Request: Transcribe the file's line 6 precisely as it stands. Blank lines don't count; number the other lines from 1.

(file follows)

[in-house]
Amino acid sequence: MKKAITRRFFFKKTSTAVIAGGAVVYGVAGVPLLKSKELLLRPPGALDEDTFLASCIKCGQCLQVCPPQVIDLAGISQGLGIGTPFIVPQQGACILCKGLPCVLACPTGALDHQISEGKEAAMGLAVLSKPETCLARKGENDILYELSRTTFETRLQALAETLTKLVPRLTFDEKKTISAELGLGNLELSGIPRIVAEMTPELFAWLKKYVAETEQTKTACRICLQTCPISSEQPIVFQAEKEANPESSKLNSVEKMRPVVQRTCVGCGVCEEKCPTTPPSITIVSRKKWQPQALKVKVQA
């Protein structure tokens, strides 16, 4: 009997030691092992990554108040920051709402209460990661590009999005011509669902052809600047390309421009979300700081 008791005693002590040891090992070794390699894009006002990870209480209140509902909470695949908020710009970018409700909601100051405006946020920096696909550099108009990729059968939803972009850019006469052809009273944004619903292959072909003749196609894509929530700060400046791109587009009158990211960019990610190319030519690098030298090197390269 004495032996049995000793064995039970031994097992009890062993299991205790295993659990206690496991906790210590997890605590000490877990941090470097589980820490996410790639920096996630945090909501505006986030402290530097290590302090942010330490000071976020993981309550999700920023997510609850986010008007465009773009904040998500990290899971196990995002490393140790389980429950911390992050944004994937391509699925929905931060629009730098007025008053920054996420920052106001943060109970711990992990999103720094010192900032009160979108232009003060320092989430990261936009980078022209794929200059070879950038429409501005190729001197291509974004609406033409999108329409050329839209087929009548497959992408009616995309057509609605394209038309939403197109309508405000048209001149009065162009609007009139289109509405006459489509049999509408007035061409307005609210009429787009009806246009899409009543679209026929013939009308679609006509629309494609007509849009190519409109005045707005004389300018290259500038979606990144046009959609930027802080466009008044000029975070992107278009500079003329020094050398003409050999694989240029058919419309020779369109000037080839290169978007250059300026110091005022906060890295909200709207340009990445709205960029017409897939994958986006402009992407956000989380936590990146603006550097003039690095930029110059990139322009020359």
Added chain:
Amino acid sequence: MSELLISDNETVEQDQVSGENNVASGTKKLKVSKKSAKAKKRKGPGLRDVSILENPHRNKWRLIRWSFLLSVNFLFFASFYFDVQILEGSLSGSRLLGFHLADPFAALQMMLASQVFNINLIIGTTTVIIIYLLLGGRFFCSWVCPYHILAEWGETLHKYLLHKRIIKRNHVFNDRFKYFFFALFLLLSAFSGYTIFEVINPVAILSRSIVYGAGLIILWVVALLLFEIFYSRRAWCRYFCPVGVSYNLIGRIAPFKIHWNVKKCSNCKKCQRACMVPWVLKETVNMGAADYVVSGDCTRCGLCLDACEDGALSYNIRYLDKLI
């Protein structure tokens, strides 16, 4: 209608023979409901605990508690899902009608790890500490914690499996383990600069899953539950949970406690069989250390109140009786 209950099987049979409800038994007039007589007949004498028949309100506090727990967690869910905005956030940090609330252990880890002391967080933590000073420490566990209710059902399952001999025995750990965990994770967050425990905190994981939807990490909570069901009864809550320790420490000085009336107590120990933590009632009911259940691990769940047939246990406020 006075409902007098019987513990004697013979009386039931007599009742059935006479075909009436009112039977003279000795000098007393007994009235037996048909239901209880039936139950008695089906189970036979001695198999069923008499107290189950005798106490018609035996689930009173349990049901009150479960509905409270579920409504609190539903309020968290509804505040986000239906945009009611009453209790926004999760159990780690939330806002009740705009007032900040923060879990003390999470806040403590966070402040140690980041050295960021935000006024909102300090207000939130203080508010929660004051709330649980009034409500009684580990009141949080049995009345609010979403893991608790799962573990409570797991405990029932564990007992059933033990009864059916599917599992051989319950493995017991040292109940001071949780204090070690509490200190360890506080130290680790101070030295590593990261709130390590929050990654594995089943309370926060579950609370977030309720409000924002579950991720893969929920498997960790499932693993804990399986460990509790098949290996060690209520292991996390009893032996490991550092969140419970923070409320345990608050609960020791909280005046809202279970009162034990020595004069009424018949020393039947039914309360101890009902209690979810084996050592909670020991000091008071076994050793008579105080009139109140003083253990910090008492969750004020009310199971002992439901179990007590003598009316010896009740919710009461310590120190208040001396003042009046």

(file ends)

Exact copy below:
């Protein structure tokens, strides 16, 4: 209608023979409901605990508690899902009608790890500490914690499996383990600069899953539950949970406690069989250390109140009786 209950099987049979409800038994007039007589007949004498028949309100506090727990967690869910905005956030940090609330252990880890002391967080933590000073420490566990209710059902399952001999025995750990965990994770967050425990905190994981939807990490909570069901009864809550320790420490000085009336107590120990933590009632009911259940691990769940047939246990406020 006075409902007098019987513990004697013979009386039931007599009742059935006479075909009436009112039977003279000795000098007393007994009235037996048909239901209880039936139950008695089906189970036979001695198999069923008499107290189950005798106490018609035996689930009173349990049901009150479960509905409270579920409504609190539903309020968290509804505040986000239906945009009611009453209790926004999760159990780690939330806002009740705009007032900040923060879990003390999470806040403590966070402040140690980041050295960021935000006024909102300090207000939130203080508010929660004051709330649980009034409500009684580990009141949080049995009345609010979403893991608790799962573990409570797991405990029932564990007992059933033990009864059916599917599992051989319950493995017991040292109940001071949780204090070690509490200190360890506080130290680790101070030295590593990261709130390590929050990654594995089943309370926060579950609370977030309720409000924002579950991720893969929920498997960790499932693993804990399986460990509790098949290996060690209520292991996390009893032996490991550092969140419970923070409320345990608050609960020791909280005046809202279970009162034990020595004069009424018949020393039947039914309360101890009902209690979810084996050592909670020991000091008071076994050793008579105080009139109140003083253990910090008492969750004020009310199971002992439901179990007590003598009316010896009740919710009461310590120190208040001396003042009046």